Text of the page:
http://www [eltwhed.com]

                • by tinkerton (199273)

                  one of many indeed. I'm sure that quote from around 1920 has been repeated endlessly. Einstein's support for Israel is the default assumption. That's what everyone takes as a given. And it's heavily biased. The Jerome book has other quotes as well, and gives a better picture of how his positions and opinions evolved over time.

        • by gzuckier (1155781)

          He also abhorred the violent creation of the Israeli nation, and was actively anti-Zionist.

          Yet his work has been captured by the Hebrew University, and is used to glorify a nation who's creation he saw as tragic, and who's establishment he repudiated.

          http://dissidentvoice.org/2010/01/einstein-on-palestine-and-zionism/ [dissidentvoice.org]

          Yet he was offered the Presidency of Israel in 1952, and though he turned them down, he posed it as a matter of his own abilities and interests, rather than an "abhorrence of the violent creation of the Israeli nation" or "active anti-Zionism". He may have abhorred the violence, as many Jews and non-Jews are without pinning the entire abhorrence onto Israel, but apparently not enough to make a public statement; perhaps the phrase you are looking for is "was saddened by the violent creation of the Israeli na

    • by jovius (974690) on Saturday March 08, 2014 @10:30AM (#46434215)

      Depends on dice. The universal constants are not randomly changing at least, so the outcome is based on certain rules.

      • ugh. universal constants dependent on beta. what could go wrong?

      • The universal constants are not randomly changing

        or they all change uniformly, giving the impression, in our referential, that nothing changes.

    • From Wikipedia :

      In cosmology, the Steady State theory is a now-obsolete theory and model alternative to the Big Bang theory of the universe's origin (the standard cosmological model).

      Einstein probably knew it had flaws. The "steady state" model was later proposed ( 1960's) by Fred Hoyle, Jayant Narlikar and others .

    • by Mashdar (876825) on Saturday March 08, 2014 @12:08PM (#46434531)

      "Stop trying to tell God what to do." -Bohr

    • Explaining the Photoelectric effect using the particulate nature of light.

    • He was firmly opposed to quantum theory

      He was firmly opposed to the non-deterministic interpretation of QM, in the sense that he believed a really fundamental theory should be deterministic. He didn't doubt the predictive power of the theory. I think it's worthwile to make that distinction.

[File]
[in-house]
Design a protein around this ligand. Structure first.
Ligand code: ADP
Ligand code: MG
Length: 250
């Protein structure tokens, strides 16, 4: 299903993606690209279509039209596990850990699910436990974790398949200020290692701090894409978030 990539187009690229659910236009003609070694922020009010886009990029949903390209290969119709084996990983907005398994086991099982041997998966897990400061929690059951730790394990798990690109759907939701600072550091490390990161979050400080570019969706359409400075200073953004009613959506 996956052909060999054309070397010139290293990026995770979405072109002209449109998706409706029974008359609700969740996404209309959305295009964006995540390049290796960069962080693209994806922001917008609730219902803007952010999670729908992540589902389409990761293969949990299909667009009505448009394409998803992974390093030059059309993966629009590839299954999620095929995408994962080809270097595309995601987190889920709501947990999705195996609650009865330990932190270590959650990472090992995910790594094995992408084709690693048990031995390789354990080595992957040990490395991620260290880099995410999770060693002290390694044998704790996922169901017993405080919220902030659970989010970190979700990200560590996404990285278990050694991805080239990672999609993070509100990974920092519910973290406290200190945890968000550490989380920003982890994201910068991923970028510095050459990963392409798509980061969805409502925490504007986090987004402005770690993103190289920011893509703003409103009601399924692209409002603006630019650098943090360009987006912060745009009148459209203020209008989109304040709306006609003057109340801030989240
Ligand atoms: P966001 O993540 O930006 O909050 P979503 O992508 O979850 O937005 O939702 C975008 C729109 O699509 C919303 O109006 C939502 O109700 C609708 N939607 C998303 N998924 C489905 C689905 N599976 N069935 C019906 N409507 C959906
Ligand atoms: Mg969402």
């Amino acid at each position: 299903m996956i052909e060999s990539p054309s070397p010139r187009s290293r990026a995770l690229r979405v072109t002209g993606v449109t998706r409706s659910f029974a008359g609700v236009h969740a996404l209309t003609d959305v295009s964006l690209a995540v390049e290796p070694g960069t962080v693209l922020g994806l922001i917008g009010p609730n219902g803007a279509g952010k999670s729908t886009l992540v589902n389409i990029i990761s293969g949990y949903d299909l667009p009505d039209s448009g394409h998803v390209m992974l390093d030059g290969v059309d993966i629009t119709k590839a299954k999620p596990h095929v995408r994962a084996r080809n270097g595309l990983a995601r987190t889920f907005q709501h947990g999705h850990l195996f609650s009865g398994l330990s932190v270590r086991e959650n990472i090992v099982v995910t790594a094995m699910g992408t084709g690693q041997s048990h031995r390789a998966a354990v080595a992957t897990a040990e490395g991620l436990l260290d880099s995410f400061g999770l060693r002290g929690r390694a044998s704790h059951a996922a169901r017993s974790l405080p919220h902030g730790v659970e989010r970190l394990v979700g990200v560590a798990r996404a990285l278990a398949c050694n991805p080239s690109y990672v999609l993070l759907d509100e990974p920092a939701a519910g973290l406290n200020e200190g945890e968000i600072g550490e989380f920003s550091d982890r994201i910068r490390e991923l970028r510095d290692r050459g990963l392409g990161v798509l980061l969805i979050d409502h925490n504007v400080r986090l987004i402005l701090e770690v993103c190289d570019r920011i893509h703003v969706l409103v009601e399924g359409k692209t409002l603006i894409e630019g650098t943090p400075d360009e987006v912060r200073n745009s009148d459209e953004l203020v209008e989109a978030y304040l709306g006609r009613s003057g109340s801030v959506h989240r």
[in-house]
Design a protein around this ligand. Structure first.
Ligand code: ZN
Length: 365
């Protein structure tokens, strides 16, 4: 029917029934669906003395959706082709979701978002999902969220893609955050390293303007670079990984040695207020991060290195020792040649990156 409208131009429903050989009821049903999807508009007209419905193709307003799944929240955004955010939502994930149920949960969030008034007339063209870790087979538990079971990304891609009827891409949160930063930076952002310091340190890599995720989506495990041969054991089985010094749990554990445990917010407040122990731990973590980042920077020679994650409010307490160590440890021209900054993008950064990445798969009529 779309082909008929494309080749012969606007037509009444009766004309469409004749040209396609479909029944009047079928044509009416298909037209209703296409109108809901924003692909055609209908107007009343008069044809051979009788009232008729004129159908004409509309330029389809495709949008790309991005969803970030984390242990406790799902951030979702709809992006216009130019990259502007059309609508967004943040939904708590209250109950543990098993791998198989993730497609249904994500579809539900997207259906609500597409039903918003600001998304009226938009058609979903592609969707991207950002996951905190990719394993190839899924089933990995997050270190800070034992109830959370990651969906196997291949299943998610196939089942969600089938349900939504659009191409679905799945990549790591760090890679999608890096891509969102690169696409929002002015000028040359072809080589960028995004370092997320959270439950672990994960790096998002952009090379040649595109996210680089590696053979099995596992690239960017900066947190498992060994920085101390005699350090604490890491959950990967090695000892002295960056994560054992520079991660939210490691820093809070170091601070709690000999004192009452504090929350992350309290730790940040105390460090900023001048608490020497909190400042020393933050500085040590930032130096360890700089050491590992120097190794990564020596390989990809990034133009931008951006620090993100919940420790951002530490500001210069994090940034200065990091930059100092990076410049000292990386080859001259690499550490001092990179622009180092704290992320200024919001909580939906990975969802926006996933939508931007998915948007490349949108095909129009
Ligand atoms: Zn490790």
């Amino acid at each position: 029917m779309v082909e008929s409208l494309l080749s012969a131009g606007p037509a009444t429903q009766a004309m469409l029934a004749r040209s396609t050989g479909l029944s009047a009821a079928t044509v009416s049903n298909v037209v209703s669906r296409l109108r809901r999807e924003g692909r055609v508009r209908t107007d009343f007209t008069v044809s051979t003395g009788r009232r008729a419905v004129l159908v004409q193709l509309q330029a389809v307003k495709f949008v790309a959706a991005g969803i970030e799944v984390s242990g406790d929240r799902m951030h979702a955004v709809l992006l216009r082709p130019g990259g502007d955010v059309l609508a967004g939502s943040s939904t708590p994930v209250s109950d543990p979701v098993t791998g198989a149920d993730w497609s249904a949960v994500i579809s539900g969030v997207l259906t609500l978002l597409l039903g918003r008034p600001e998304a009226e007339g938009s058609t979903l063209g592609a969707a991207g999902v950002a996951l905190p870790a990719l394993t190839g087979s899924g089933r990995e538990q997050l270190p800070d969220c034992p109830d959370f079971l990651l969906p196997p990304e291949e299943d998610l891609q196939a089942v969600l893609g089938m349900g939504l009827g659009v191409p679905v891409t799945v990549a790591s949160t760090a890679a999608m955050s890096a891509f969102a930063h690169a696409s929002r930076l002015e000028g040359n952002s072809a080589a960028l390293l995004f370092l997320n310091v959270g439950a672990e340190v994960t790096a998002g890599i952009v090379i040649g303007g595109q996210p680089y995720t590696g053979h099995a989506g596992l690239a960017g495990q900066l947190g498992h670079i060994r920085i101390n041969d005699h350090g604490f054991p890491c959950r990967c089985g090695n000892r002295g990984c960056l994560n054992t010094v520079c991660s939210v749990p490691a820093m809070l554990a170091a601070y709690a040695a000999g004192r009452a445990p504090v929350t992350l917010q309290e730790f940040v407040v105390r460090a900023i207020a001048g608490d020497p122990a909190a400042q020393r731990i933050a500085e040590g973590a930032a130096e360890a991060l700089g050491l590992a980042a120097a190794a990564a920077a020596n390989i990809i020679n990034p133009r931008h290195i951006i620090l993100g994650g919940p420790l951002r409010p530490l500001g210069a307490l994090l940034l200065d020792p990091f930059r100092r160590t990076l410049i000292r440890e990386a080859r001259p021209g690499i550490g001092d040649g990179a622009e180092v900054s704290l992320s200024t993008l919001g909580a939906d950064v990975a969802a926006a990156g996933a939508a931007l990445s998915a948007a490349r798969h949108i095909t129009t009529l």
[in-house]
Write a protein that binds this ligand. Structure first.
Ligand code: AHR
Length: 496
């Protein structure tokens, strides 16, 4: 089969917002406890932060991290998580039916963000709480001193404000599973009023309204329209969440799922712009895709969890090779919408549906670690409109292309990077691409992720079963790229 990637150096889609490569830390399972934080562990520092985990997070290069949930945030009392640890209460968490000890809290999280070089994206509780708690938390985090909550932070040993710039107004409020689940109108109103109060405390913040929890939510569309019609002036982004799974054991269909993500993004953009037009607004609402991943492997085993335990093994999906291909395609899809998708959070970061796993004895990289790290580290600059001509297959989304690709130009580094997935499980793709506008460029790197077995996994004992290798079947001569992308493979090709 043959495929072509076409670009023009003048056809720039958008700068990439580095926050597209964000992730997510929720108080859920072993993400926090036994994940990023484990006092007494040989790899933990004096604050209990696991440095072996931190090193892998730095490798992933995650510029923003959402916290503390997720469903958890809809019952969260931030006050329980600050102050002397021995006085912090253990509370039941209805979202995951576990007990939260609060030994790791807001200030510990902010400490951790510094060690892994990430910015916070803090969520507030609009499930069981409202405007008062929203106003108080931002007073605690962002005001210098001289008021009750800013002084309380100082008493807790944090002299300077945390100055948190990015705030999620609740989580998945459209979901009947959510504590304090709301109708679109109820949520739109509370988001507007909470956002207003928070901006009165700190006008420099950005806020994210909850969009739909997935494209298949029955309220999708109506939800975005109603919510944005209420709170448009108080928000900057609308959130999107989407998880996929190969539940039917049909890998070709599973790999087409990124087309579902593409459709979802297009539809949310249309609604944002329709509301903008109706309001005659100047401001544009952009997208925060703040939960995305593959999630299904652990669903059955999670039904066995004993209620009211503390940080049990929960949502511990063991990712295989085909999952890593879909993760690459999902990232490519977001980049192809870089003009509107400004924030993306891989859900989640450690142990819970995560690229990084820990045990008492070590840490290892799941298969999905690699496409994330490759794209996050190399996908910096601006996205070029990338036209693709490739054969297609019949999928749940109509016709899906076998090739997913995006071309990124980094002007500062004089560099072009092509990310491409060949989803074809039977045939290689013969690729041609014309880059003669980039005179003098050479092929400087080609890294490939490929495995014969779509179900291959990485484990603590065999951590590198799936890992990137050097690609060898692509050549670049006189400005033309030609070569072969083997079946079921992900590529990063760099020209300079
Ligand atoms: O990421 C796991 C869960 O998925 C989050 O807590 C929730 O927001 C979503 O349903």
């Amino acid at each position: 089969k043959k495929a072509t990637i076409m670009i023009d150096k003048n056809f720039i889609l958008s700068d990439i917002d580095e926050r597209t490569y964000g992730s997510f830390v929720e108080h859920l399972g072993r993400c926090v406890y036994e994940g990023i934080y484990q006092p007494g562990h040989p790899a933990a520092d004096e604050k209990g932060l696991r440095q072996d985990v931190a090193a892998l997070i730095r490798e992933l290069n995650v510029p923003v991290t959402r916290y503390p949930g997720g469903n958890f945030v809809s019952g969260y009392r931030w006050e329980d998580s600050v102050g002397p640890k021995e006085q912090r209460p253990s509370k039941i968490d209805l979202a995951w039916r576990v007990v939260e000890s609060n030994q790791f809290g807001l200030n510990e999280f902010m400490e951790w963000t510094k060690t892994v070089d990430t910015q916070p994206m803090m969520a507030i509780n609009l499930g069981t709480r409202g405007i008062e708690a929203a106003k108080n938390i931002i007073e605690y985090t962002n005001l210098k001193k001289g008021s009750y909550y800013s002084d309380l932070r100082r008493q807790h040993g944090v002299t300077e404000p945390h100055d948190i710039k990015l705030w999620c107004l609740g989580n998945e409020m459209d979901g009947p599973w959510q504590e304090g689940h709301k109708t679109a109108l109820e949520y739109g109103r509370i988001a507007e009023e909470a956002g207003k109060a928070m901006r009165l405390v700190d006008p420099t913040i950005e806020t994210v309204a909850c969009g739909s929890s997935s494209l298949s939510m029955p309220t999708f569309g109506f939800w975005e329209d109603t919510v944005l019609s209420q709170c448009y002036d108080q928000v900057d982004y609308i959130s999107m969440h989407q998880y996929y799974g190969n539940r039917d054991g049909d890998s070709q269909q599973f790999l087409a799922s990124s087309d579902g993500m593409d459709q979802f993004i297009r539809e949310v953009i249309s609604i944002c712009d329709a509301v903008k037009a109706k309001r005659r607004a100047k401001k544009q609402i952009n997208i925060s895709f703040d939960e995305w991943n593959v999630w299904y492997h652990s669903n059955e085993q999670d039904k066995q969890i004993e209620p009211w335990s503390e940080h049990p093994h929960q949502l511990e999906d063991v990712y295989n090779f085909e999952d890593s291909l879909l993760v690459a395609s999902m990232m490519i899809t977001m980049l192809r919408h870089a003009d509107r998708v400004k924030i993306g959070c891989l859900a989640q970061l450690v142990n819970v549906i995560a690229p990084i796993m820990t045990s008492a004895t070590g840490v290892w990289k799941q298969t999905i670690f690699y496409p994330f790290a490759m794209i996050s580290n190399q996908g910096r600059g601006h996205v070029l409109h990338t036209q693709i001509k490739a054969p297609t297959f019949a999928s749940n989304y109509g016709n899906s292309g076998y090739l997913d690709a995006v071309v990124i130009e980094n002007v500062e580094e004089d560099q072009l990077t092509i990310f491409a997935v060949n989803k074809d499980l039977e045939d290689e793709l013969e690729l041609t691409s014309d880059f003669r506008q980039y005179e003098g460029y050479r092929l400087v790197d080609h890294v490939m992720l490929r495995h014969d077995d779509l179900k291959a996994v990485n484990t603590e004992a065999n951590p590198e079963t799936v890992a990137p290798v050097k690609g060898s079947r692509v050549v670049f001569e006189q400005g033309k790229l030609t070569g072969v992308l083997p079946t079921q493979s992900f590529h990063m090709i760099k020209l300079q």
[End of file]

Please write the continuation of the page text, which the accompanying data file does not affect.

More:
• No, it was for his explanation of photoelectric effect.
  • by rossdee (243626) on Saturday March 08, 2014 @10:10AM (#46434155)

    Even a 1 to a million scale model of the universe would be pretty big...

  • Panspermia (Score:5, Interesting)

    by mdsolar (1045926) on Saturday March 08, 2014 @10:10AM (#46434157) Homepage Journal
    Another Hoyle cause, panspermia, which urges that the origin of life is so unlikely that a larger event space is needed, so life spreads through the galaxy as microbes once started somewhere, is getting somewhat of a second look. The idea that life may be hoping between planets in the solar system, hitchhiking on meteorites, is gaining adherents. While still a long way from a microbe populated interstellar cloud, or the solution to the statistical problem Hoyle was addressing, this is another echo of the importance of his thinking. http://en.wikipedia.org/wiki/P... [wikipedia.org]
  • could a really smart ant model the entire earth?

    • by mdsolar (1045926)
      Consider a spherical dirtball.
    • by gtall (79522)

      Sure, Atom Ant would have no problem doing it.

    • by Anonymous Coward

      could a really smart ant model the entire earth?

      Without extensions, no. With certain extensions, ANT may become turing complete, then yes.

    • If ants had human intelligence, I don't think coming up with the "spherical ball in space" model of Earth would be that much harder than it was for humans... both of our scales are "ant-like" compared to the size of our planet. The only real challenge I would anticipate is that ants have much less sophisticated vision, and being able to directly witness astronomical bodies was what really allowed us to begin understanding the solar system and our part in it.
  • by earls (1367951) on Saturday March 08, 2014 @10:43AM (#46434249)

    "a natural consequence of his general theory of relativity"

    Is this to say the general theory of relativity produces a Big Bang? As in, because GR is true, BB is? What's the short explanation for that?

    • Wiki [wikipedia.org]: "Theoretical calculations showed that a static universe was impossible under general relativity". So I'm not so sure about that remark either.

      Later on that same wiki page: "Problems with the steady-state theory began to emerge in the late 1960s, when observations apparently supported the idea that the universe was in fact changing: quasars and radio galaxies were found only at large distances (therefore could have existed only in the distant past), not in closer galaxies. Whereas the Big Bang theor